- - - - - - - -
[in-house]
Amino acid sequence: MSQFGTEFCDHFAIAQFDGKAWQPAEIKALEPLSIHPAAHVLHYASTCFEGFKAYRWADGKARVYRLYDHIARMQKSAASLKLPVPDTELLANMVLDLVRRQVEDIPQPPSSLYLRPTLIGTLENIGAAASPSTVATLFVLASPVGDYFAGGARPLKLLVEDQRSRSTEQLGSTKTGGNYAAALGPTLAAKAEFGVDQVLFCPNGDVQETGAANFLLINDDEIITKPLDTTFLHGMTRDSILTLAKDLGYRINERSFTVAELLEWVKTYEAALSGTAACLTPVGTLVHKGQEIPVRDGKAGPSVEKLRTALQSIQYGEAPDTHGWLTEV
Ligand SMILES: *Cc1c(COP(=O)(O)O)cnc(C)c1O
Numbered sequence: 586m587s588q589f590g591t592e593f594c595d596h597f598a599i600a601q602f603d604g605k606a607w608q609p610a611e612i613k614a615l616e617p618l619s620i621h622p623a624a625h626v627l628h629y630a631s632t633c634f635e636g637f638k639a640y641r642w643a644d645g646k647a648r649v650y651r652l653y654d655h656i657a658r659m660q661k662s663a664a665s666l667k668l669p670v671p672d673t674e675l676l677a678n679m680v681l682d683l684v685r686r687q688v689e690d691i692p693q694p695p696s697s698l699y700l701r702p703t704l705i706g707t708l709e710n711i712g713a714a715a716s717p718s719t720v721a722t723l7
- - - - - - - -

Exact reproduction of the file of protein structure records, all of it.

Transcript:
[in-house]
Amino acid sequence: MSQFGTEFCDHFAIAQFDGKAWQPAEIKALEPLSIHPAAHVLHYASTCFEGFKAYRWADGKARVYRLYDHIARMQKSAASLKLPVPDTELLANMVLDLVRRQVEDIPQPPSSLYLRPTLIGTLENIGAAASPSTVATLFVLASPVGDYFAGGARPLKLLVEDQRSRSTEQLGSTKTGGNYAAALGPTLAAKAEFGVDQVLFCPNGDVQETGAANFLLINDDEIITKPLDTTFLHGMTRDSILTLAKDLGYRINERSFTVAELLEWVKTYEAALSGTAACLTPVGTLVHKGQEIPVRDGKAGPSVEKLRTALQSIQYGEAPDTHGWLTEV
Ligand SMILES: *Cc1c(COP(=O)(O)O)cnc(C)c1O
Numbered sequence: 586m587s588q589f590g591t592e593f594c595d596h597f598a599i600a601q602f603d604g605k606a607w608q609p610a611e612i613k614a615l616e617p618l619s620i621h622p623a624a625h626v627l628h629y630a631s632t633c634f635e636g637f638k639a640y641r642w643a644d645g646k647a648r649v650y651r652l653y654d655h656i657a658r659m660q661k662s663a664a665s666l667k668l669p670v671p672d673t674e675l676l677a678n679m680v681l682d683l684v685r686r687q688v689e690d691i692p693q694p695p696s697s698l699y700l701r702p703t704l705i706g707t708l709e710n711i712g713a714a715a716s717p718s719t720v721a722t723l7